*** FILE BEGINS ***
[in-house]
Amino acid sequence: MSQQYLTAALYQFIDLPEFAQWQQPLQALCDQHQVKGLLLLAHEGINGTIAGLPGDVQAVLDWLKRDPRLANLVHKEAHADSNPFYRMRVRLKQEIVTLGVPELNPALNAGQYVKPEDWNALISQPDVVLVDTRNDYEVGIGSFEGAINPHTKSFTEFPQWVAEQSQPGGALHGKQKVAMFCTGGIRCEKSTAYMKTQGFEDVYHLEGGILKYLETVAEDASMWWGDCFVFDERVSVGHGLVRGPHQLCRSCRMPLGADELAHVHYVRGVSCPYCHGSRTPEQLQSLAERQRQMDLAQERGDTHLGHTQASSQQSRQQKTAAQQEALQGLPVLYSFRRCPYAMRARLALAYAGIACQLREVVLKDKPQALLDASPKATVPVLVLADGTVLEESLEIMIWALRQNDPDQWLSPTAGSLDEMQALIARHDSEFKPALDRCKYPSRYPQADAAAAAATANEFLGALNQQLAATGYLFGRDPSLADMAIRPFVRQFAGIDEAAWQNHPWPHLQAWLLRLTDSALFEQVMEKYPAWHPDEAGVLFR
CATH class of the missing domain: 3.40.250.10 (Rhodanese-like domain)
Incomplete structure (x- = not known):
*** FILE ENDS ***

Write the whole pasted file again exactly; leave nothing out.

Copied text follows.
[in-house]
Amino acid sequence: MSQQYLTAALYQFIDLPEFAQWQQPLQALCDQHQVKGLLLLAHEGINGTIAGLPGDVQAVLDWLKRDPRLANLVHKEAHADSNPFYRMRVRLKQEIVTLGVPELNPALNAGQYVKPEDWNALISQPDVVLVDTRNDYEVGIGSFEGAINPHTKSFTEFPQWVAEQSQPGGALHGKQKVAMFCTGGIRCEKSTAYMKTQGFEDVYHLEGGILKYLETVAEDASMWWGDCFVFDERVSVGHGLVRGPHQLCRSCRMPLGADELAHVHYVRGVSCPYCHGSRTPEQLQSLAERQRQMDLAQERGDTHLGHTQASSQQSRQQKTAAQQEALQGLPVLYSFRRCPYAMRARLALAYAGIACQLREVVLKDKPQALLDASPKATVPVLVLADGTVLEESLEIMIWALRQNDPDQWLSPTAGSLDEMQALIARHDSEFKPALDRCKYPSRYPQADAAAAAATANEFLGALNQQLAATGYLFGRDPSLADMAIRPFVRQFAGIDEAAWQNHPWPHLQAWLLRLTDSALFEQVMEKYPAWHPDEAGVLFR
CATH class of the missing domain: 3.40.250.10 (Rhodanese-like domain)
Incomplete structure (x- = not known):